Dee Dee Cain, Clinical Instructor with the Department of Early Childhood and Special Education, was the recipient of the Orlan “Jack” Morgan Award at the Arkansas Council for Exceptional Children’s annual conference. This award was established for the purpose of recognizing individuals whose occupational skills are utilized to serve or promote the welfare of persons with disabilities. Ms. Cain is a passionate advocate for school-aged children and a dedicated and engaging teacher education faculty member.
Dr. Shoudong Feng has been named 2013 English Teacher of the Year for College Education by the Arkansas Council of Teachers of English and Language Arts (ACTELA). An affiliate of the National Council of Teachers of English (NCTE), ACTELA is a non-profit professional organization dedicated to celebrating and improving the teaching and learning of English and the language arts at all levels of education.
Since 2004, outstanding English and Language Arts teachers have been identified and honored annually by ACTELA. Judging is conducted by a panel of ACTELA Board members. The panel considers the nominees’ lifelong teaching, professionalism, and service, with emphasis on recent achievements.
Feng, an associate professor at the University of Central Arkansas, coordinates the Graduate Reading Program in the Department of Early Childhood and Special Education.
Feng’s award was presented at the ACTELA Fall Luncheon in October at Little Rock’s Marriott (formerly the Peabody) Hotel. Feng spoke to over 100 teachers at the luncheon, which is held during the annual Arkansas Curriculum Conference. ACTELA honored Feng with a Barnes & Noble gift card and an engraved clock.
LEAD student’s film to focus on Guy/Greenbrier Earthquake Swarm
CONWAY, November 12, 2013 – Interdisciplinary Leadership PhD student, Emily Lane, will be debuting her documentary film series, Land of Opportunity, in Little Rock on Friday, November 22 at 7 p.m. at Market Street Cinema. The series focuses on the impact that hydraulic fracturing, or “fracking,” has on local communities in the Fayetteville Shale in north, central Arkansas. Roughly 4,500 natural gas wells have been drilled since 2005 in the rural, 5-county area.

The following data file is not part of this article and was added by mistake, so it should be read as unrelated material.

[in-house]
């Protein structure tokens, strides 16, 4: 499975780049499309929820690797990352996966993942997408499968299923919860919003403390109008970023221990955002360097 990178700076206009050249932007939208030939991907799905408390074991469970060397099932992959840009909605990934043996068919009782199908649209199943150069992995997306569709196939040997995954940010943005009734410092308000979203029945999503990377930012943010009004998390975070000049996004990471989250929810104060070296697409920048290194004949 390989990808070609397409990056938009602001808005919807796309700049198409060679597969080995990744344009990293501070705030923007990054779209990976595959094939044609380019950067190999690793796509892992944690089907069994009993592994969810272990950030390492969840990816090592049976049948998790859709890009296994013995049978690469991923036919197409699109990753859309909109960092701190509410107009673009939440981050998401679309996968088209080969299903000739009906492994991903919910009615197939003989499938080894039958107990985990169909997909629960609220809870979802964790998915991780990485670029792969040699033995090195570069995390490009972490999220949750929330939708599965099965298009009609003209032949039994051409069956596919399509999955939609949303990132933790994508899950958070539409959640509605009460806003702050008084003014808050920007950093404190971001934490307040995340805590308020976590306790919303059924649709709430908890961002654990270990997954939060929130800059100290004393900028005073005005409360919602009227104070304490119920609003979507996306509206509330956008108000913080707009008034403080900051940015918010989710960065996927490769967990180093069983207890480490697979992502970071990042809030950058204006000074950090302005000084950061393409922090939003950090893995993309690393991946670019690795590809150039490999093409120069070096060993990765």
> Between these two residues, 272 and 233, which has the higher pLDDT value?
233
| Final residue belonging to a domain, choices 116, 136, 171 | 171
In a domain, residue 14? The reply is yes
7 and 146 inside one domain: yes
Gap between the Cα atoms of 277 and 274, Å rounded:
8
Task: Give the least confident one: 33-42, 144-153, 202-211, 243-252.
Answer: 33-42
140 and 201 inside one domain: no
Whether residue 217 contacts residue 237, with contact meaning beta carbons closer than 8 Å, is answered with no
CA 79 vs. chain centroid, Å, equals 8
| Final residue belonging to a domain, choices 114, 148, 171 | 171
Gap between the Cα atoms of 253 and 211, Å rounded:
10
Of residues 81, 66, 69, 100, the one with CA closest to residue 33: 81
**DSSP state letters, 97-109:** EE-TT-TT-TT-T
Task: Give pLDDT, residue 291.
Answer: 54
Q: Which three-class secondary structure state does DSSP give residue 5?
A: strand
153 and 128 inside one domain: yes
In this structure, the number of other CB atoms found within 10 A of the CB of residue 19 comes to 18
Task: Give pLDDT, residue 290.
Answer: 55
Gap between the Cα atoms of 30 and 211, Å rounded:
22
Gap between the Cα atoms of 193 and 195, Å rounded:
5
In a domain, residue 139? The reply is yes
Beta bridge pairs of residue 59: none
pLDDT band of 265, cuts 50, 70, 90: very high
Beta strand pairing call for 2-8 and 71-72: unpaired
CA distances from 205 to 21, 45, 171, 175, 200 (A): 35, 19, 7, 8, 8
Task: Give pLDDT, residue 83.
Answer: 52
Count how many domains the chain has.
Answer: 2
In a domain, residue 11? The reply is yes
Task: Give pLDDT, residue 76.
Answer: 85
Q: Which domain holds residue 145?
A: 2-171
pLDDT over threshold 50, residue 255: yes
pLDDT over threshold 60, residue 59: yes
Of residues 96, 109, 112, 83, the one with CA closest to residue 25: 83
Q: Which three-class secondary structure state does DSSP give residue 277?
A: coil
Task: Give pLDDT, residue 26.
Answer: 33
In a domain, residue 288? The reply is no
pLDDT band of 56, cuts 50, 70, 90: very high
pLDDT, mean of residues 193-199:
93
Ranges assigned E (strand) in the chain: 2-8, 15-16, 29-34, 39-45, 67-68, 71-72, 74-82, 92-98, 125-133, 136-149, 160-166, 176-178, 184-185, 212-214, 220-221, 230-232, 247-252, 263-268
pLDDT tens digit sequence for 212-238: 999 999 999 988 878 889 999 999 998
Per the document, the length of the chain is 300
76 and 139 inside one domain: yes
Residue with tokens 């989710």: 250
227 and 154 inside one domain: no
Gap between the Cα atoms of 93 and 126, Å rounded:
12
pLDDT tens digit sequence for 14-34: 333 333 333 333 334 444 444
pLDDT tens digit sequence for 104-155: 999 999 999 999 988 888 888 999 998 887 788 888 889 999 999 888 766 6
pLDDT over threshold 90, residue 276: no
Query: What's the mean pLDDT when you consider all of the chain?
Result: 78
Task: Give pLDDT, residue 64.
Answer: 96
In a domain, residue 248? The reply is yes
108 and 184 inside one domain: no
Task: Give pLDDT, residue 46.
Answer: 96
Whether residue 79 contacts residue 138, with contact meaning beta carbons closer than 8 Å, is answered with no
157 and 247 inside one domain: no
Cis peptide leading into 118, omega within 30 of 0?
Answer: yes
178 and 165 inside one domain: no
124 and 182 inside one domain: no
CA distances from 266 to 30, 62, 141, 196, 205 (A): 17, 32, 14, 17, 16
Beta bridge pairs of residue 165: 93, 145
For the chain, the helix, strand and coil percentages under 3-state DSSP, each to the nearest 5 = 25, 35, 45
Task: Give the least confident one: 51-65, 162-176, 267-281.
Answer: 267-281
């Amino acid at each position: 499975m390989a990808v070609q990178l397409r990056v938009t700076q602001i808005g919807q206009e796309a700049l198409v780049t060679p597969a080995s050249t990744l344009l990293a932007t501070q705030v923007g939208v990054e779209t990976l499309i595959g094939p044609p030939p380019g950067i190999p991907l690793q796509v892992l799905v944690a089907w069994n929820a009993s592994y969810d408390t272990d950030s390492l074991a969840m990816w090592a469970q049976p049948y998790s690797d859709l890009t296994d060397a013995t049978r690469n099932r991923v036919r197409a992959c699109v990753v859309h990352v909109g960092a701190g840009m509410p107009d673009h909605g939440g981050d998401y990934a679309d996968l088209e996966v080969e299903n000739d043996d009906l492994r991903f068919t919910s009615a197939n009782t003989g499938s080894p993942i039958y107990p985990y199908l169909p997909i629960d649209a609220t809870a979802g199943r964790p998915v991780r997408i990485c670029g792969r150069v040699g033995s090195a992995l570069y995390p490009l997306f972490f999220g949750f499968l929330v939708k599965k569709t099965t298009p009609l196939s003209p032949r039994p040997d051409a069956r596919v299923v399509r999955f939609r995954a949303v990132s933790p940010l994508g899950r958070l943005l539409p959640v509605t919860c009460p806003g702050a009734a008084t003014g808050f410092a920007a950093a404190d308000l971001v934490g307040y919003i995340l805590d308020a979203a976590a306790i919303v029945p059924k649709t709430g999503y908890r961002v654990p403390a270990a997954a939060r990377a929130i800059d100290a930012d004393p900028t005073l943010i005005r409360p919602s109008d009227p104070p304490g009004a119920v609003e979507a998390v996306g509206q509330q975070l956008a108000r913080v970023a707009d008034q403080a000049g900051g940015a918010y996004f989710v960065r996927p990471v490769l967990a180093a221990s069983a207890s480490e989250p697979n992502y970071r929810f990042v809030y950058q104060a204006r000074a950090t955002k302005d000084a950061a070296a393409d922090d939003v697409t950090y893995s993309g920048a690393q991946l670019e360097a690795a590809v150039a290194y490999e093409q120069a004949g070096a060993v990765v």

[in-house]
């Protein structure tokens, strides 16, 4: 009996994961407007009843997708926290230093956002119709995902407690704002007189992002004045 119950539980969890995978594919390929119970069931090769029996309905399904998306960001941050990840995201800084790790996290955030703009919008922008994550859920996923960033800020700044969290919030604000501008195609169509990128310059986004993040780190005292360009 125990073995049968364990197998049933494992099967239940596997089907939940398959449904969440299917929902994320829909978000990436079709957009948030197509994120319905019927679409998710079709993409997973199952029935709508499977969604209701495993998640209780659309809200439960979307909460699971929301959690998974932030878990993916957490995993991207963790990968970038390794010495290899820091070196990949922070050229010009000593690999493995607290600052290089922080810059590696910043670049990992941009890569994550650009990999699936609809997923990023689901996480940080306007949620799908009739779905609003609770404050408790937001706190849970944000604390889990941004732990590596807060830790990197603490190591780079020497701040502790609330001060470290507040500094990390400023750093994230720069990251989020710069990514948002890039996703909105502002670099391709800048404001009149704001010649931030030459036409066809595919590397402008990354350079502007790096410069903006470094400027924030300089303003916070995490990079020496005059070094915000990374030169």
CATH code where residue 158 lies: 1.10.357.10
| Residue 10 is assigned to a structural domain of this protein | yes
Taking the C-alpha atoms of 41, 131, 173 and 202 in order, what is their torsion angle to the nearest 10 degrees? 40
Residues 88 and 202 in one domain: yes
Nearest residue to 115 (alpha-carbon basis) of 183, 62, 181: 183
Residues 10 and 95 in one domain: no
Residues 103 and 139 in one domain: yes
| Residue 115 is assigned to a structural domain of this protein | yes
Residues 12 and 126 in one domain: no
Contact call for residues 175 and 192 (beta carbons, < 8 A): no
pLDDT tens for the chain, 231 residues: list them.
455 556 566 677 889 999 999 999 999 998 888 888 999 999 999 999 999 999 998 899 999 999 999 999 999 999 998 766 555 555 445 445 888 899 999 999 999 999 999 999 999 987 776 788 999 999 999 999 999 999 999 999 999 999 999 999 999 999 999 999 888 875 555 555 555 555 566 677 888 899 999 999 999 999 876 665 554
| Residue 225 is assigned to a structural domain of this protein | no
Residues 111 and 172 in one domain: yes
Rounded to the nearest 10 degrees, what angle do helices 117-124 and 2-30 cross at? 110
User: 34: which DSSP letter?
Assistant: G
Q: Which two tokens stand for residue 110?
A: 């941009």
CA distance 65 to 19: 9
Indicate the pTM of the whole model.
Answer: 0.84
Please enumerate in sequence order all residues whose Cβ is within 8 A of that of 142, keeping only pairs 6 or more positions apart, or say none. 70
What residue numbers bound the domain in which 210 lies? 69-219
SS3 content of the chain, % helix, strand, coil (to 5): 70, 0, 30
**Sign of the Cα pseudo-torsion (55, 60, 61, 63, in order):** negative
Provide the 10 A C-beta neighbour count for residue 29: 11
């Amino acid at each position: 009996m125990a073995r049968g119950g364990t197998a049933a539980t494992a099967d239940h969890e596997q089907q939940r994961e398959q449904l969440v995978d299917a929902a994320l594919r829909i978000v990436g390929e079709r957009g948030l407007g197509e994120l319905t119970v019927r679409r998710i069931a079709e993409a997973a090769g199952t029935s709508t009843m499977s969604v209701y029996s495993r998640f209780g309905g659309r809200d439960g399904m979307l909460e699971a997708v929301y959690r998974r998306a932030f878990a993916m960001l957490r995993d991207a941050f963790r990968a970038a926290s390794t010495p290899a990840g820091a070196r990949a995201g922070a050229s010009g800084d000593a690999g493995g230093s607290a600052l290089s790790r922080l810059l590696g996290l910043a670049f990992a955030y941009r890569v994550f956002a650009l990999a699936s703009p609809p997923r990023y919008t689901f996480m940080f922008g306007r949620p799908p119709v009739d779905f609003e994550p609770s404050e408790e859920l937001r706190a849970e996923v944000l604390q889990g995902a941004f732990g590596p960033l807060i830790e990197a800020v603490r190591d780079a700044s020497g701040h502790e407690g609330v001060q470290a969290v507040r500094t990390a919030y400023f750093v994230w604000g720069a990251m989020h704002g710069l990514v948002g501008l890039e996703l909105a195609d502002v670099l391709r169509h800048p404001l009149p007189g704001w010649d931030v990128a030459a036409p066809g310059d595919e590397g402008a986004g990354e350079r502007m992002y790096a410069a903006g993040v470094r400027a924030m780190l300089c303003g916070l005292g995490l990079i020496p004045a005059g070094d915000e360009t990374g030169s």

The first film in the series will introduce the local filmmakers and highlight the link between the fracking process and the Guy/Greenbrier Earthquake Swarm, a rash of 1300+ tremors in northern Faulkner County that began in late 2010 and culminated in a 4.7 magnitude earthquake in early 2011. The film explains what triggered the earthquakes, how state officials handled the situation, and what they knew from the beginning. The inaugural documentary also introduces other subjects such as environmental contamination, property rights, and conflicts of interest.
Co-creator of the film, Emily Lane, expands on the theme of the series, “Arkansas has historically promoted short-term economic gain over economic and environmental sustainability. We live under the boom-and-bust mentality, and consequently have seen some profit while others suffer. Residents across the state are increasingly battling against the negative impacts of misguided ‘opportunity.’ We can do better.”
Doors open by 6:30 p.m. The screening will be followed by a Q & A session that will feature affected residents from the shale area. Educational materials will also be available to patrons. For
more information, go to http://www.arkansasfracking.org/Land-of-Opportunity.html.
Emily Lane – Research Graduate Assistant, LEAD Program